Oil palm cultivation does not lead to deforestation, says Tun M

19 Nov 2019 / 20:01 H.

KUALA LUMPUR: Prime Minister Tun Dr Mahathir Mohamad has dismissed claims by critics that the palm oil industry is leading to deforestation, claiming the crop is only planted in certain designated areas.

He stressed that the country’s palm oil plantations have proactively and positively embraced sustainability practices despite criticism from global environmentalists, pressure groups, green consumerists and NGOs.

“I want to stress that palm oil plantation is not a major cause of deforestation as it accounts for only 0.4% of the total global agriculture area.

“In Malaysia, palm oil is mainly planted in designated agricultural land and the opening of new plantations has plateaued in recent years and will remain as such,” he said in his keynote address at the International Palm Oil Congress and Exhibition 2019, here, today.

Mahathir noted that he had pledged, back in 1992, to maintain at least 50% of Malaysia’s land mass under forest cover, and that until today, the country has not reneged on this.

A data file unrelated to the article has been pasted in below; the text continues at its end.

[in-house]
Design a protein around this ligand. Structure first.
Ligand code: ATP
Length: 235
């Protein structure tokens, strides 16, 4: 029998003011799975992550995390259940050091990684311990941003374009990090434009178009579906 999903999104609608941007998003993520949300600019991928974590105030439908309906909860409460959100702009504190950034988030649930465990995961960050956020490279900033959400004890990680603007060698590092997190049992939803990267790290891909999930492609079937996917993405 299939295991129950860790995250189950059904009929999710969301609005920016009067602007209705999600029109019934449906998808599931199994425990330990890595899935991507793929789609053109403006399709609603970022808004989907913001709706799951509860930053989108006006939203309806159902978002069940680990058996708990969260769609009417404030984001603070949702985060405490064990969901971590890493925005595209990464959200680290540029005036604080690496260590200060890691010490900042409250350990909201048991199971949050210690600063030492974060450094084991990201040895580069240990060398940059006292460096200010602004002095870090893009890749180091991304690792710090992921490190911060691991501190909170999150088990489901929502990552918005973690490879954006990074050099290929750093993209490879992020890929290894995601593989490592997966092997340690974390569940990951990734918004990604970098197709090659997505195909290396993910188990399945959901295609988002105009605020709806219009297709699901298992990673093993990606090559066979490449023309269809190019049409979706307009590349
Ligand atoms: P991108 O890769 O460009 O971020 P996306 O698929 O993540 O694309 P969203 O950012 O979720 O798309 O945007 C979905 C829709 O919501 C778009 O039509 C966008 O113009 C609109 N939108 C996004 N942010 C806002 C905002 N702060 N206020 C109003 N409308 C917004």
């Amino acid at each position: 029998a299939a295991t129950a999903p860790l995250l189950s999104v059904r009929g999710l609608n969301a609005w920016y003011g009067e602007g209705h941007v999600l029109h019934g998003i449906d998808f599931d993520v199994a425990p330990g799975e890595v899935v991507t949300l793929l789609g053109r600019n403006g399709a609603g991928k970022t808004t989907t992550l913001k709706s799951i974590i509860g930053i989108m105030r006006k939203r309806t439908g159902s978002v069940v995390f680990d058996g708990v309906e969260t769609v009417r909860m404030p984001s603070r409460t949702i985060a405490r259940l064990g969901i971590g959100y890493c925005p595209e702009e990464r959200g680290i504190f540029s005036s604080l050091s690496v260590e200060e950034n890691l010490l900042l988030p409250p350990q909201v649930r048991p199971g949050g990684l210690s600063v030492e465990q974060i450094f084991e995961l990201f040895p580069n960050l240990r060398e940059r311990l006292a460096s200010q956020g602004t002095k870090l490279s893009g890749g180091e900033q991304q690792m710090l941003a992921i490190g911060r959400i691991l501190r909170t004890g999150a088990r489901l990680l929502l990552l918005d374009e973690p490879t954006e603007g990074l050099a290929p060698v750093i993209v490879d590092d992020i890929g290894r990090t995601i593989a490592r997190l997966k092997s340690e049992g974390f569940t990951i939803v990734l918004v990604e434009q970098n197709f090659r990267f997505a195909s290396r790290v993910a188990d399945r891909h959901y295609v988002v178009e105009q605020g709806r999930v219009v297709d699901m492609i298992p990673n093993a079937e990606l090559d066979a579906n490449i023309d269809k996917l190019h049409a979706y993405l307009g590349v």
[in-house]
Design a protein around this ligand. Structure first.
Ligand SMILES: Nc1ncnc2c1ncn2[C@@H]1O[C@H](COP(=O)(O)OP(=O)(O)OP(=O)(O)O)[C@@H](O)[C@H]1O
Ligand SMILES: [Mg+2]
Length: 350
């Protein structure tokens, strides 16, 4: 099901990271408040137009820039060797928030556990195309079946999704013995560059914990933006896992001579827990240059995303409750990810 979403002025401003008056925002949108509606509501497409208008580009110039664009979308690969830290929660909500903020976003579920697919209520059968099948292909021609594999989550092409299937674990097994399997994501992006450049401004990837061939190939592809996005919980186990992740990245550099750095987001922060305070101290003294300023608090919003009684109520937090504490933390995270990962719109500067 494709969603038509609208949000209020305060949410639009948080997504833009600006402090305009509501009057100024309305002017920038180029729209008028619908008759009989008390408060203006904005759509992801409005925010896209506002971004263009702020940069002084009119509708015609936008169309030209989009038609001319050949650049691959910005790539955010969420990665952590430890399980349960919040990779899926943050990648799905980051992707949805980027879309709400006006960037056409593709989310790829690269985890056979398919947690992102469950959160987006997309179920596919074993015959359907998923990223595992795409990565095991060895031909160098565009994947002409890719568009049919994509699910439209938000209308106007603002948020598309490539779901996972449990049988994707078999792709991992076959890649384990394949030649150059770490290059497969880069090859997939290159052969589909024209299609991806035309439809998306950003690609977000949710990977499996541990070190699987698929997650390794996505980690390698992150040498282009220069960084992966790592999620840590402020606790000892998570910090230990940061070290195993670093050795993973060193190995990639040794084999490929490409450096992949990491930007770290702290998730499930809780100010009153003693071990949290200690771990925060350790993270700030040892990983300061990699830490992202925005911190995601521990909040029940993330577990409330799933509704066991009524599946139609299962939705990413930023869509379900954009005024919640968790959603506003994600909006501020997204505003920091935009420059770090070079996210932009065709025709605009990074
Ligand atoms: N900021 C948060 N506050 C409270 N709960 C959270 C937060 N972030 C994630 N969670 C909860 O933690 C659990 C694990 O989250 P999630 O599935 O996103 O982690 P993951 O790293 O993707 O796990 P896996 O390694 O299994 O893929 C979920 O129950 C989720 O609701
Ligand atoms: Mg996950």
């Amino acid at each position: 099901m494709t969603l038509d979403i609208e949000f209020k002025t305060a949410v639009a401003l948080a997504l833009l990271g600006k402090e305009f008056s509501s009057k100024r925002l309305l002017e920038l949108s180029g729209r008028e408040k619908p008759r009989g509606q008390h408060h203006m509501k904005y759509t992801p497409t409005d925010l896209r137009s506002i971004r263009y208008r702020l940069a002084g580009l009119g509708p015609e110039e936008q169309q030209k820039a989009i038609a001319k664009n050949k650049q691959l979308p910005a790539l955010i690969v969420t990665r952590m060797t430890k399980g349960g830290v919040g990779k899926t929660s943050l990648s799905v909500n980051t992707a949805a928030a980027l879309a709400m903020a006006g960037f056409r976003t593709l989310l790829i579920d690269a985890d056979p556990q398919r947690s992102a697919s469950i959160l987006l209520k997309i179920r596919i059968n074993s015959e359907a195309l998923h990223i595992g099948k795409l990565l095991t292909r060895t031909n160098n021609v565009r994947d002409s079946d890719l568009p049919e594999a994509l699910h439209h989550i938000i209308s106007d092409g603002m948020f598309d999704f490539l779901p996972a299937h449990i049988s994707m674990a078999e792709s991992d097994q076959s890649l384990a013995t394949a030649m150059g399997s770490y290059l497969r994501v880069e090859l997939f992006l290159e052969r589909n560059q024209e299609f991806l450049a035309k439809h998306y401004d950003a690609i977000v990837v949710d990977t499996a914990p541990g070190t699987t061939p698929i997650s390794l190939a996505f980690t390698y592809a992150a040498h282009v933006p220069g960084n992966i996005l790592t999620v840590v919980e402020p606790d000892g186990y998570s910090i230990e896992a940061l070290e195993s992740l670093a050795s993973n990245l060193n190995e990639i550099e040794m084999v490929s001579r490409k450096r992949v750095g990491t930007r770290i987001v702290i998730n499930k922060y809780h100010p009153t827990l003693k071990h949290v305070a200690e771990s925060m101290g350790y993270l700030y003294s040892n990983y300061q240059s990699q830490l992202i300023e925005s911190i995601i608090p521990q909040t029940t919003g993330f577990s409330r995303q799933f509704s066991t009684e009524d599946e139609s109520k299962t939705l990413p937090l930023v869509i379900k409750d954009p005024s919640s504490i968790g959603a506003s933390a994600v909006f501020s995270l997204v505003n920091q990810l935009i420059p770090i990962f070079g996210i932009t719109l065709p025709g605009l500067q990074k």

“The latest figures showed about 55% of Malaysia’s 33 million hectares of land area is under forest cover, exceeding Malaysia’s initial pledge at the Rio Earth Summit,” the PM proudly pointed out.

The negative publicity campaigns against palm oil, he says, has been mainly due to reasons intertwined with political and economic agenda, and noted that the European Union has been misled into phasing out the use of palm-based biofuel in the transportation sector by 2030.

He said in reality, producing palm oil was more efficient compared to other oils and oil seeds, as it requires the least land area yet produces a high yield.

“The average yield of oil palm is 4 tonnes of oil per hectare per year which is 4 times higher than rapeseed, 5.4 times higher than sunflower, and 8 times higher than soya bean.

“Therefore, a ban on palm oil will not stop deforestation, but will lead to more opening of land-intensive oilseed crops to keep up with the rising demand,” he said.

Mahathir pointed out that Malaysia and other palm oil-producing nations are stepping up efforts to disseminate accurate information about sustainable oil palm plantations and to counter false allegations concerning the crop.

He urged palm oil producing countries not to remain silent or hesitate to take counter measures should certain importing countries choose to impose discriminatory trade barriers.

“If there is any evidence that such discriminatory practices are in violation of any international laws, Malaysia and other producing countries under the Council of Palm Oil Producing Countries (CPOPC) must seek intervention from the World Trade Organisation,” he said.

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